Blue-Boy leads Sarah through a breach in the barrier.  Although an earlier shot suggested they should be falling to their death, they arrive in a rocky desert wasteland.  Scattered around are his dead, fully barnacled “people”, all in red garments. Strangely, there are 5-foot towers of rocks with red material tied around them.  At first I thought his people had turned into these stones, but no.  It took me a minute to figure out that they must be elaborately stacked cairns with a ribbon of the deceased’s clothing.  It amazes me that most TV is such crap that a little thing like this is awesome.  Kudos on leaving this for the viewer to figure out!

But then the tone-deafness returns.  Blue-Boy again refers to Sarah’s Walkman as a “medical device” that will protect her.  That’s a fun idea, although, why the hell would he jump to that conclusion?  But the boneheadedness is in the branding.  The unit clearly says WALKMAN [2], which was a product made by Sony.  OK, TV likes to hide brand names unless they are getting paid for it, so Sony is replaced by fake company MD. Blue-Boy calls it a medical device — MD.  Hunh?  Is that a coincidence?  Did he call it a medical device because it said MD?  How did this gargoyle who never saw a human before learn to read English?  Plus, when he referenced it earlier, he motioned toward her headset — the unit with the MD logo was hidden on her belt.  I am utterly baffled by this.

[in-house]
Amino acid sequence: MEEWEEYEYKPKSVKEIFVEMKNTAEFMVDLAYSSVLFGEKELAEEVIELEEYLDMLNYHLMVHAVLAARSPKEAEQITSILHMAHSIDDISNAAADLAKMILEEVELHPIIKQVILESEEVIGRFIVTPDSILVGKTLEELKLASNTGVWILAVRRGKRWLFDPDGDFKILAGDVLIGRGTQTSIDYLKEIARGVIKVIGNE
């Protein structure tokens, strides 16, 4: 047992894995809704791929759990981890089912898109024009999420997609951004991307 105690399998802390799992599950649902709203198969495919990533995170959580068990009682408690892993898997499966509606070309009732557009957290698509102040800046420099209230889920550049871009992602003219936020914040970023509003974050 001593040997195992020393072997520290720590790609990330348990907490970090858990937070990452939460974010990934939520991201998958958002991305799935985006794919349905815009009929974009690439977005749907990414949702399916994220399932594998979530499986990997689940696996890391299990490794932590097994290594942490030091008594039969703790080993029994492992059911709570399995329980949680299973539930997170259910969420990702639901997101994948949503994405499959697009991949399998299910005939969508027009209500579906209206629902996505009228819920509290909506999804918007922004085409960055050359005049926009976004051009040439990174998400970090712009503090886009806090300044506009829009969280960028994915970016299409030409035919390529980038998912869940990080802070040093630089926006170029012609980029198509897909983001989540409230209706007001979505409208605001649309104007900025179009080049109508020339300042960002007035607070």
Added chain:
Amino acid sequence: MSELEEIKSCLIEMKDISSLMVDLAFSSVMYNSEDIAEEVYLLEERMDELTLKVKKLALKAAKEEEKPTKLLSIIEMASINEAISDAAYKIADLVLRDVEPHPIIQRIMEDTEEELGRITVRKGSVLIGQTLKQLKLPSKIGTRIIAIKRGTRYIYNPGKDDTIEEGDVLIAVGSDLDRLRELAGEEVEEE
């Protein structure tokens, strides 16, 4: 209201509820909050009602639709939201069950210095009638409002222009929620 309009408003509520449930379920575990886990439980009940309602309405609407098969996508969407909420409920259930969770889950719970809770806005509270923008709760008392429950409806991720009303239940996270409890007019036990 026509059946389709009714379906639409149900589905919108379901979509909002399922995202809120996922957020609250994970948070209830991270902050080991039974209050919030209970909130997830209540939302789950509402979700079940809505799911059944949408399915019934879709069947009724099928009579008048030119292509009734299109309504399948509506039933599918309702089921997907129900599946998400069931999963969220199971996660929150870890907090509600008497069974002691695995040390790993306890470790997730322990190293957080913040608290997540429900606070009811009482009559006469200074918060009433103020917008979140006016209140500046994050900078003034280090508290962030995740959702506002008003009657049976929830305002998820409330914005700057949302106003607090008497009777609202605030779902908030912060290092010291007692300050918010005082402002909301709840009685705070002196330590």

While Hayward and the security guard are looking for Sarah, they find Dooley is back from the other side.  He says the aliens examined him, but he seems to have not gotten the standard anal probe.  He tells Hayward that they are no longer on earth and seems oddly chipper about it.  Hayward hears Sarah’s voice and goes through the barrier to find her.  Unfortunately, he is diverted to the examination room where he gets the full Dooley.